Trillium Book Awards Author Reading 2015

Ten Questions with J.A. Wainwright

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Ten Questions with J.A. Wainwright

J.A. Wainwright’s new book, Blazing Figures: The Life of Robert Markle has been called “An impressive blend of meticulous research with an astute, often poetic reading of imagery, both informed with an insider’s savvy and the whole just touched with the soft glow of friendship.” (Dennis Reid, Chief Curator, Research, Art Gallery of Ontario) He will be launching his book at Ben McNally Books on Thursday ,March 11th. The details of the launch are available on Open Book’s Event page.

Open Book: Toronto:

Tell us about your book, Blazing Figures: The Life of Robert Markle.

J.A. Wainwright:

This biography traces the life and career of Robert Markle (1936-1990), the infamous expressionist painter of the female figure who insisted, against more than one accusation of pornography, that his work was first and foremost erotically-charged. Markle was a consummate draftsman whose black and white drawings and colour paintings, as well as lithographs and sculptures, are part of national and international collections as well as numerous private ones. A Mohawk, Markle identified himself for most of his career as an artist for whom being Native was not a primary factor in his creative expression, and it was only in the last seven years of his life that he openly employed Native imagery and symbolism in his work. Born in Hamilton, he attended and was expelled from the Ontario College of Art in the late 1950s, lived in Toronto with his wife Marlene until 1970, and then moved with her to a farmhouse outside of Mount Forest, Ontario. He was a jazz aficiando and played tenor saxophone in the Artists’ Jazz Band that included fellow painters Michael Snow and Gordon Rayner. His intellectual and cultural interests were wide-ranging and formed the basis of his close friendships with such Canadian luminaries as Patrick Watson and Gordon Lightfoot. He was also talented writer of essays and articles for newspapers and magazines from the 1960s through the 1980s. Markle’s personal influence on those who knew him, especially the students he taught at the New School of Art and, later, Art’s Sake Inc. has been lasting and profound.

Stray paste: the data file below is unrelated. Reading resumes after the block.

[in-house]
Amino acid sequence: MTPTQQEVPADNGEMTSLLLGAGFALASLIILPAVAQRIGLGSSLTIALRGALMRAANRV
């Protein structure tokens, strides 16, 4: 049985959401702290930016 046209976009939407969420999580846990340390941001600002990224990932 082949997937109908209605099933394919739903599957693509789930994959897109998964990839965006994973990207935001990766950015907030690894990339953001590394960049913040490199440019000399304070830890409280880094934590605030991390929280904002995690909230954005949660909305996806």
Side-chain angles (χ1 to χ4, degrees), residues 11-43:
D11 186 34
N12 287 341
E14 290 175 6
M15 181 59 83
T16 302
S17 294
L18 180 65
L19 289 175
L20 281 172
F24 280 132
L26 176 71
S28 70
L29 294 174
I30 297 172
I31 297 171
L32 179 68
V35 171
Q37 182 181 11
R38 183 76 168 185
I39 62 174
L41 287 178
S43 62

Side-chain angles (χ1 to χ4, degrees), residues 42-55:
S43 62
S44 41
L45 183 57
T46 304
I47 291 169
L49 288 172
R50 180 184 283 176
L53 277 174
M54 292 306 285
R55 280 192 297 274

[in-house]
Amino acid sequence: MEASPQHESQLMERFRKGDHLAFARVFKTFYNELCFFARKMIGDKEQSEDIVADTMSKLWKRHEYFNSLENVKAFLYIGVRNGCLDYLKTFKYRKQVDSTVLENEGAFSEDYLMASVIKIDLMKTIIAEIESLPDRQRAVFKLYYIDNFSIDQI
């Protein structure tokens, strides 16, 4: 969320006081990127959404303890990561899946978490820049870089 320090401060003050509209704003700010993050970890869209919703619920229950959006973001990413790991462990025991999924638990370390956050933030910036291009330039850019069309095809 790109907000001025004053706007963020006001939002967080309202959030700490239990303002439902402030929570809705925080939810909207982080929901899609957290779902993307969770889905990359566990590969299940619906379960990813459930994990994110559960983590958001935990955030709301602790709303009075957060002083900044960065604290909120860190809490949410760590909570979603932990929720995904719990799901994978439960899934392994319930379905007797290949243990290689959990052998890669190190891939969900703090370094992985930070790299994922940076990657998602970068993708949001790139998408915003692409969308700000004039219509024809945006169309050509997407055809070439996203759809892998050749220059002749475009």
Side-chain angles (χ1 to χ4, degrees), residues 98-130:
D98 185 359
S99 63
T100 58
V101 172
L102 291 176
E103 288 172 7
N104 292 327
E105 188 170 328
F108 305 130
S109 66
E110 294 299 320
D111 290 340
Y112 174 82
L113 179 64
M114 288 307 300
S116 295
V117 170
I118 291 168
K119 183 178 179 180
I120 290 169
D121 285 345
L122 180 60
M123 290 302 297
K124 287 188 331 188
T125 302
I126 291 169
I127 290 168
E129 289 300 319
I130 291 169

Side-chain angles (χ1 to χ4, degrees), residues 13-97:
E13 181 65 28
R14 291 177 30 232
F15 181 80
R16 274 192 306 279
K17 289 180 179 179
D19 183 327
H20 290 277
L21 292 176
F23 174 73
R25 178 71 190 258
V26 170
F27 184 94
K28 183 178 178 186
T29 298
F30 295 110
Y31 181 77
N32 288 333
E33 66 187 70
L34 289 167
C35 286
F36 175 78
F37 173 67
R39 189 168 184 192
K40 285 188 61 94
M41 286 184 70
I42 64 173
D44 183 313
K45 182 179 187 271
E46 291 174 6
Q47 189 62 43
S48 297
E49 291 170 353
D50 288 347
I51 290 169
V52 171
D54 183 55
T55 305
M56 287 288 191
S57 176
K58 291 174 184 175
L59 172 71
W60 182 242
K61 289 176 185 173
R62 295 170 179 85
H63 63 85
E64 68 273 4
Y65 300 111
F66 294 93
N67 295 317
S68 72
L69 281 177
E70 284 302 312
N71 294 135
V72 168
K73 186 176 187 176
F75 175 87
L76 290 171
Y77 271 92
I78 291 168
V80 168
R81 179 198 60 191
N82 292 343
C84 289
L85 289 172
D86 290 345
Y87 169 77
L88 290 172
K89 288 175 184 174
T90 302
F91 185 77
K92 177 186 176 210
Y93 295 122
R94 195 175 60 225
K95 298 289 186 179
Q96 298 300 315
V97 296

OBT:

How did you research Blazing Figures?

JAW:

The research for this biography is based on over forty interviews with Markle’s friends and colleagues, family members, and former students, as well as on the copious personal notes he left behind. The book contains detailed consideration of many of his drawings and paintings.

OBT:

Why is Robert Markle an important figure in the history of Canadian Art?

JAW:

His significance is based the combination of his deeply intelligent perception of life, his articulate voice and his outgoing, challenging personality with his unique creative vision that resulted in remarkable works of art. Along with other members of his painter and jazz-immersed group, he helped to define and make memorable a vital era in Canadian cultural expression.

OBT:

Why did he refuse to identify himself as a Native painter?

JAW:

He did so because he viewed himself as an artist, a painter of the female figure. That he happened to be Native did not mean he wanted want his work judged or categorized according to racial definitions of theme and subject matter.

OBT:

What is the greatest challenge a biographer faces when trying to write an honest account of his or her subject's life?

JAW:

Keeping in mind that it is just that — an account. There are many truths in any life but never the truth.

OBT:

If you had to choose three books as a "Welcome to Canada" gift, what would those books be?

JAW:

It depends on whether I’m trying to welcome people with great literature or very good books that will give them a strong sense of the country, or at least aspects of it. An example of the former would be Leonard Cohen’s Beautiful Losers. An example of the latter would be David MacFarlane’s Summer Gone.

OBT:

What are you reading right now?

JAW:

Being Shelley by Ann Wroe and Point Omega by Don DeLillo.

OBT:

Tell us about your ideal writing environment.

JAW:

Wherever it’s quiet and I’m not distracted.

OBT:

What advice do you have for writers who are trying to get published?

JAW:

Write first, then keep writing. Getting published is the result of excellence colliding with chance.

OBT:

What's your next project?

JAW:

A novel.


J.A. Wainwright is a novelist, poet and McCulloch Emeritus Professor in English at Dalhousie University. He is the author of a biography of writer Charles Bruce and editor of A Very Large Soul: Selected Letters from Margaret Laurence to Canadian Writers and of Every Grain of Sand: Canadian Perspectives on Ecology and Environment (WLU Press, 2004). His most recent novel is The Confluence (2007).

For more information on Blazing Figures: The Life of Robert Markle, please visit the Wilfrid Laurier University Press website.

Buy this book at your local independent bookstore or online at Chapters/Indigo or Amazon.

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